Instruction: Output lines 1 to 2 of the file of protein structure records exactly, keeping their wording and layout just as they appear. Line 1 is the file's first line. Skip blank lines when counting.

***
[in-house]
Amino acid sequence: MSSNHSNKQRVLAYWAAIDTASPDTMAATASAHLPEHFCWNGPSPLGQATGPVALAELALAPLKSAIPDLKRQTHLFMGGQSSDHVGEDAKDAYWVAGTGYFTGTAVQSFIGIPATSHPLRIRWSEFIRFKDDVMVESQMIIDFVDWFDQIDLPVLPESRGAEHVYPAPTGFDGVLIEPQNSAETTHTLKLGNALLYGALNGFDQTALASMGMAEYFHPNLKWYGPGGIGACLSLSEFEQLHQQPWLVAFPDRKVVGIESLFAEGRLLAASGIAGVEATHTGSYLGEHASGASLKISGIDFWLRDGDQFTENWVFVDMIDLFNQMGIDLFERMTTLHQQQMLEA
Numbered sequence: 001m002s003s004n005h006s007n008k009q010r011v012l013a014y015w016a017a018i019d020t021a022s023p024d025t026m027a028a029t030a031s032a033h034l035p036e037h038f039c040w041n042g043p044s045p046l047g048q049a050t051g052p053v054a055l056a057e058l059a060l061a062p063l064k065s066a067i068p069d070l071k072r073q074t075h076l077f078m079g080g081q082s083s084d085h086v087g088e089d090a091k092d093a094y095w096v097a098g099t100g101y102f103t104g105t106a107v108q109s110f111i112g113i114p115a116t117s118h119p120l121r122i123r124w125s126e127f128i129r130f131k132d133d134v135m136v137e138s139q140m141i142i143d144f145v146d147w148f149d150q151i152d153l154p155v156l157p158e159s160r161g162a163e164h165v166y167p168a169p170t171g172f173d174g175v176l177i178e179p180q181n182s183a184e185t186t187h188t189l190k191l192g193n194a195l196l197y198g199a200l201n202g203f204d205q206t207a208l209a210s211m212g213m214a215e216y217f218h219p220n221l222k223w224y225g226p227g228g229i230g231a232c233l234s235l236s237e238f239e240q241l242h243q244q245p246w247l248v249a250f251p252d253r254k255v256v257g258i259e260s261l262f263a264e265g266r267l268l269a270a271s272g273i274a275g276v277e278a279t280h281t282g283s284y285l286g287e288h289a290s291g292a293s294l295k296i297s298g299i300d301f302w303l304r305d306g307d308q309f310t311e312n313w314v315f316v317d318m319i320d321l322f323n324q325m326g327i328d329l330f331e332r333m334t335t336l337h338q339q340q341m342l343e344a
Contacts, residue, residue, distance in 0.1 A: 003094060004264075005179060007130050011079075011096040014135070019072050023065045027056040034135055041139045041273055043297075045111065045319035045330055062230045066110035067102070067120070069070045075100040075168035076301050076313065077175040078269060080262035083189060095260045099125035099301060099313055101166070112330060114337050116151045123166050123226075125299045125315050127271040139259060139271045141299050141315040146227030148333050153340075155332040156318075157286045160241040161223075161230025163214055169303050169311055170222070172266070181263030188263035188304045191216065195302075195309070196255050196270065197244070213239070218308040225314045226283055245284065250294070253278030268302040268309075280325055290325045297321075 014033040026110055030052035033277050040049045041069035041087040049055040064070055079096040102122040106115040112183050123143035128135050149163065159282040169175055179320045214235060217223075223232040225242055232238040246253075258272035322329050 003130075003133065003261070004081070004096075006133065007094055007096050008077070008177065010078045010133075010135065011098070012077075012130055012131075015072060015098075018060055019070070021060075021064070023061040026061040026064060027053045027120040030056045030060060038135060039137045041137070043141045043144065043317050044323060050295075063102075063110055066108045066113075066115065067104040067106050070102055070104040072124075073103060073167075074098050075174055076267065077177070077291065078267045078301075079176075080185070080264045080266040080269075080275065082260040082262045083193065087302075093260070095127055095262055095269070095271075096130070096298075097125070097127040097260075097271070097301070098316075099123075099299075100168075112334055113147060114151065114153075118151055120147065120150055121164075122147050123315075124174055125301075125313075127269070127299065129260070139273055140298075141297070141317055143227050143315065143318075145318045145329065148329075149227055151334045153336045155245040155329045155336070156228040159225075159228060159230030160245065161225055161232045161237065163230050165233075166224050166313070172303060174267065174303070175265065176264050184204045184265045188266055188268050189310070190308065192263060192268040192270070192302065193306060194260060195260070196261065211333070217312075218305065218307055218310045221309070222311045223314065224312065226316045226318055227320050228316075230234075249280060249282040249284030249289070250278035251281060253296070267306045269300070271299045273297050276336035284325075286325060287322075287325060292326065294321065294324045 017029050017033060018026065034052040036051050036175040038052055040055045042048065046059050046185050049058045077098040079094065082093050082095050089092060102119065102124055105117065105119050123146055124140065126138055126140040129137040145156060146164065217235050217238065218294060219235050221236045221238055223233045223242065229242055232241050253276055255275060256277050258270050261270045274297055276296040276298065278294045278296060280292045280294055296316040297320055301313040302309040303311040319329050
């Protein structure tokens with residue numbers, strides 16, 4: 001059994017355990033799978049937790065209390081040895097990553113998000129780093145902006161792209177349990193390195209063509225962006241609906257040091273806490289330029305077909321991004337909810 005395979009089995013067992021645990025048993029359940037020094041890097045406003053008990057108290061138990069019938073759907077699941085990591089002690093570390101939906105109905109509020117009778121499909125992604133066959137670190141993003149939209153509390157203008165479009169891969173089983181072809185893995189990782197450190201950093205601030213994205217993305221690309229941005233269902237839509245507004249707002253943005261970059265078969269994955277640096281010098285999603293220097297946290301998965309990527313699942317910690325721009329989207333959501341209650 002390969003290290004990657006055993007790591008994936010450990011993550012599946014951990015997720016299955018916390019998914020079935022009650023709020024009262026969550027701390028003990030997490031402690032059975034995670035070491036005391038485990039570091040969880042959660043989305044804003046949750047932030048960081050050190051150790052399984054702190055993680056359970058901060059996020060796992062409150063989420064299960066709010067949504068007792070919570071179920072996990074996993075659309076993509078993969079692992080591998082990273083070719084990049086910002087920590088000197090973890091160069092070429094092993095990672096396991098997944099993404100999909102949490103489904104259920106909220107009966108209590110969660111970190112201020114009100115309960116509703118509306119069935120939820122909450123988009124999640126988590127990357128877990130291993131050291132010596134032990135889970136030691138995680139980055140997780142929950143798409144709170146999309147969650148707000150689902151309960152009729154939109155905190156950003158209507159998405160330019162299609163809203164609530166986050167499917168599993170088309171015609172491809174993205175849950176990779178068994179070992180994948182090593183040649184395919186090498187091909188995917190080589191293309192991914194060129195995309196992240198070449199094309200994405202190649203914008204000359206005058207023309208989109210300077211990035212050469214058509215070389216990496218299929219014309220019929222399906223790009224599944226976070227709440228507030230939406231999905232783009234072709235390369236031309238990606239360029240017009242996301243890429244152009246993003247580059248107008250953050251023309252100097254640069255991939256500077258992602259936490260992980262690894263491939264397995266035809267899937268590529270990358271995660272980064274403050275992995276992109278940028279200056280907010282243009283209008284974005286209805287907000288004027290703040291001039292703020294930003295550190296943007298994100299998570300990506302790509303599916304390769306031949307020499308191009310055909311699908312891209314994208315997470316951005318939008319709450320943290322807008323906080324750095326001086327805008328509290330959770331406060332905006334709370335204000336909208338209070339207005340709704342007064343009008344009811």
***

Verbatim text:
[in-house]
Amino acid sequence: MSSNHSNKQRVLAYWAAIDTASPDTMAATASAHLPEHFCWNGPSPLGQATGPVALAELALAPLKSAIPDLKRQTHLFMGGQSSDHVGEDAKDAYWVAGTGYFTGTAVQSFIGIPATSHPLRIRWSEFIRFKDDVMVESQMIIDFVDWFDQIDLPVLPESRGAEHVYPAPTGFDGVLIEPQNSAETTHTLKLGNALLYGALNGFDQTALASMGMAEYFHPNLKWYGPGGIGACLSLSEFEQLHQQPWLVAFPDRKVVGIESLFAEGRLLAASGIAGVEATHTGSYLGEHASGASLKISGIDFWLRDGDQFTENWVFVDMIDLFNQMGIDLFERMTTLHQQQMLEA